Genetics research studies how individual genes or groups of genes are involved in health and disease. Understanding genetic factors and genetic disorders is important in learning more about promoting health and preventing disease.
Some genetic changes have been associated with an increased risk of having a child with a birth defect or developmental disability or developing diseases such as cancer or heart disease. Genetics also can help us understand how medical conditions happen.
How We Get Our Genes
People get (inherit) their chromosomes, which contain their genes, from their parents. Chromosomes come in pairs and humans have 46 chromosomes, in 23 pairs. Children randomly get one of each pair of chromosomes from their mother and one of each pair from their father. The chromosomes that form the 23rd pair are called the sex chromosomes. They decide if a person is born a male or female. A female has two X chromosomes, and a male has one X and one Y chromosome. Each daughter gets an X from her mother and an X from her father. Each son gets an X from his mother and a Y from his father.
Genetic disorders can happen for many reasons. Genetic disorders often are described in terms of the chromosome that contains the gene that is changed in people who have the disorder. If the gene is on one of the first 22 pairs of chromosomes, called the autosomes, the genetic disorder is called an autosomal condition. If the gene is on the X chromosome, the disorder is called X-linked.
Genetic disorders also are grouped by how they run in families. Disorders can be dominant or recessive, depending on how they cause conditions and how they run in families.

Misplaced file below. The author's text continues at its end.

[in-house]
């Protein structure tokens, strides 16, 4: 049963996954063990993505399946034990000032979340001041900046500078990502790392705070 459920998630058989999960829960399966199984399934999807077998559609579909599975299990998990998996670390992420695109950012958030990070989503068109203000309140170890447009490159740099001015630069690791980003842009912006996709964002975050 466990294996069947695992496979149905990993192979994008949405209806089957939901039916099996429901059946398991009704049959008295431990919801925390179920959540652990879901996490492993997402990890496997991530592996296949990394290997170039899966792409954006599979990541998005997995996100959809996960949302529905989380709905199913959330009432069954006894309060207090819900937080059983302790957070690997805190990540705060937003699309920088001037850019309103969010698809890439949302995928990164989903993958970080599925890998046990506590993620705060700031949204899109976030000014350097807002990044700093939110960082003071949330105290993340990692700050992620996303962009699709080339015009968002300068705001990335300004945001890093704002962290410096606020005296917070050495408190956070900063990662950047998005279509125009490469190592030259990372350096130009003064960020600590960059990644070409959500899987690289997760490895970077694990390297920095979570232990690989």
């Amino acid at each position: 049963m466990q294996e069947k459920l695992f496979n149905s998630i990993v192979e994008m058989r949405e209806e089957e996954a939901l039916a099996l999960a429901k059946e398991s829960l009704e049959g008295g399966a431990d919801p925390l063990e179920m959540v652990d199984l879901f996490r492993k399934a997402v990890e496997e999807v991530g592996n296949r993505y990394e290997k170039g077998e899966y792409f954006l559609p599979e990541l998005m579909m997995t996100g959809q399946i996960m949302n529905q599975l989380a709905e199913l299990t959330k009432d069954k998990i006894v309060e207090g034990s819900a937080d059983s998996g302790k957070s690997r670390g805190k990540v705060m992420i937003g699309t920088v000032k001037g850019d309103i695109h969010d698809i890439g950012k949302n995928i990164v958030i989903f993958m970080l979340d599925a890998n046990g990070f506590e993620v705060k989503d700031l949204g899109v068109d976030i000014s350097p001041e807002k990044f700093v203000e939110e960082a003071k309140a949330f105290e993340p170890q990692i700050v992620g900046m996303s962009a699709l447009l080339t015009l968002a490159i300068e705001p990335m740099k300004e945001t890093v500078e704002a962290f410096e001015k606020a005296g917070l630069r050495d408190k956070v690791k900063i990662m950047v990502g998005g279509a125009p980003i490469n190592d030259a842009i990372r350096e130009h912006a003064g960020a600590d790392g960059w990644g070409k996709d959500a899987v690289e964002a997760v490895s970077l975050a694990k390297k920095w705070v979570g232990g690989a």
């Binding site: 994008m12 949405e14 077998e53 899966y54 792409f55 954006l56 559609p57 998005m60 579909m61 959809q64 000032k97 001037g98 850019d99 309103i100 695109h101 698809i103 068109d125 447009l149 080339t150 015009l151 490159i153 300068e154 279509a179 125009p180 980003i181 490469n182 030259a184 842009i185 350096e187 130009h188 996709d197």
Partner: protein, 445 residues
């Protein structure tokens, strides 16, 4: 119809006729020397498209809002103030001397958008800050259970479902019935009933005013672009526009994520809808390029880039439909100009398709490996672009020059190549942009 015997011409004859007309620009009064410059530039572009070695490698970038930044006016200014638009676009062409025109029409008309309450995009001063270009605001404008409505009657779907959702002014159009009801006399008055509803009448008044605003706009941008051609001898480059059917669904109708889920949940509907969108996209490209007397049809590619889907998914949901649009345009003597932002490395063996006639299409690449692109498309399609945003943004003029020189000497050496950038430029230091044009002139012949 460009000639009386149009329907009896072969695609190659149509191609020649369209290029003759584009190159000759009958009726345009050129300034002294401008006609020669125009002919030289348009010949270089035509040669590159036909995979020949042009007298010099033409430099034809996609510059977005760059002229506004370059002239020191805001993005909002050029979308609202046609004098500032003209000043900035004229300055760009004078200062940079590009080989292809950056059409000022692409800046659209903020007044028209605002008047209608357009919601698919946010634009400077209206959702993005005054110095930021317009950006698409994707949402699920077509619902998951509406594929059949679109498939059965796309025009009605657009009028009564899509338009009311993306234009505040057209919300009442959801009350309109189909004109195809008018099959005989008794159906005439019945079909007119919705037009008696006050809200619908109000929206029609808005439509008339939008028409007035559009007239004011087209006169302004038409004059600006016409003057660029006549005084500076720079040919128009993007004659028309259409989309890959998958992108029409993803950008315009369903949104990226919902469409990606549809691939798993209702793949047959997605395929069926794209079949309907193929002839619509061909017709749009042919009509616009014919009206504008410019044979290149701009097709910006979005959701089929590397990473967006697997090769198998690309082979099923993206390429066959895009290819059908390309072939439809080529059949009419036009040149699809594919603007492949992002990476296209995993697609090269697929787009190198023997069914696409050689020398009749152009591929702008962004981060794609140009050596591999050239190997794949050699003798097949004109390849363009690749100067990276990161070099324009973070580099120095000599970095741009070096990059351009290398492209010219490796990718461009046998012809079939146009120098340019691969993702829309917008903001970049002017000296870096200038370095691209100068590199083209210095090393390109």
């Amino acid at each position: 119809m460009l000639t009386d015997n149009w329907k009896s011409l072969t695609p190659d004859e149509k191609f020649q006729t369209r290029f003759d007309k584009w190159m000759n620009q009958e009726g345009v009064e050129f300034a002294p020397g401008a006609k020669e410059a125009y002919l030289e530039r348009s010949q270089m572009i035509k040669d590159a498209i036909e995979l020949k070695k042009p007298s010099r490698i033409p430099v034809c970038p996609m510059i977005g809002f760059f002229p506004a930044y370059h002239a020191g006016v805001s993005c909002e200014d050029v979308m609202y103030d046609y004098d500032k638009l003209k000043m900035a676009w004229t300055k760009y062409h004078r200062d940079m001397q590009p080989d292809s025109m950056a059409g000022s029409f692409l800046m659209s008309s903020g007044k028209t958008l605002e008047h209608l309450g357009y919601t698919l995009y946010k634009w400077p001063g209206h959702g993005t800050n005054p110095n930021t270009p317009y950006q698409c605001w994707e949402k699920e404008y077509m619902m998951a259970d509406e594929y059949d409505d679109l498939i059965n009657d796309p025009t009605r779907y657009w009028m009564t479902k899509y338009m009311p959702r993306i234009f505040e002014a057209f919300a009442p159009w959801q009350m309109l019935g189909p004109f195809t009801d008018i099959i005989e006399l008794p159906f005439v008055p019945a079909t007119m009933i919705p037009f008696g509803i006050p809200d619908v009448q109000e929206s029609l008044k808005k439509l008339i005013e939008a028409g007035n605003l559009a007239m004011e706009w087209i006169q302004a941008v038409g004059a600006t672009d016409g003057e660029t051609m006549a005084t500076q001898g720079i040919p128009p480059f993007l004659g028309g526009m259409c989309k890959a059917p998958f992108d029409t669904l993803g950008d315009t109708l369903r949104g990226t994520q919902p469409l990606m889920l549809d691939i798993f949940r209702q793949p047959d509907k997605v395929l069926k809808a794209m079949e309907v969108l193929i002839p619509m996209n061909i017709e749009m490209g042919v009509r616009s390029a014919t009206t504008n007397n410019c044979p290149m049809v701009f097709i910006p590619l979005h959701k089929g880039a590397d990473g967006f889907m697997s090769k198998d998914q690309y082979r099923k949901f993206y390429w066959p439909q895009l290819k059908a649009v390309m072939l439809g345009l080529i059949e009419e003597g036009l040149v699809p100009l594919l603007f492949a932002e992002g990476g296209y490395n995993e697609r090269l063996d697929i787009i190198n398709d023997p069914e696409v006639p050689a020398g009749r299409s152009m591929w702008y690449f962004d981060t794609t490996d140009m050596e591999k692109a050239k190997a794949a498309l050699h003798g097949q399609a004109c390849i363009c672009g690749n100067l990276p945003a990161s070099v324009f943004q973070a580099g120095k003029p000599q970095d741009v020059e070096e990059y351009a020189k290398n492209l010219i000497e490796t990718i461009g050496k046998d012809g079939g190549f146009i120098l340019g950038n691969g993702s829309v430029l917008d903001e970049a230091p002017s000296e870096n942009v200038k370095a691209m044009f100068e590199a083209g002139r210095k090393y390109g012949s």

For recessive diseases, both copies of a gene must have a DNA mutation in order to get one of these diseases. If both parents have one copy of the mutated gene, each child has a 25% chance of having the disease, even though neither parent has it. In such cases, each parent is called a carrier of the disease. They can pass the disease on to their children, but do not have the disease themselves.
Single Gene Disorders
Some genetic diseases are caused by a DNA mutation in one of a person’s genes. For example, suppose part of a gene usually has the sequence TAC. A mutation can change the sequence to TTC in some people. This change in sequence can change the way that the gene works, for example by changing the protein that is made. Mutations can be passed down to a child from his or her parents. Or, they can happen for the first time in the sperm or egg, so that the child will have the mutation but the parents will not. Single gene disorders can be autosomal or X-linked.
For example, sickle cell disease is an autosomal single gene disorder. It is caused by a mutation in a gene found on chromosome 11. Sickle cell disease causes anemia and other complications. Fragile X syndrome, on the other hand, is an X-linked single gene disorder. It is caused by a change in a gene on the X chromosome. It is the most common known cause of intellectual disability and developmental disability that can be inherited (passed from one generation to the next).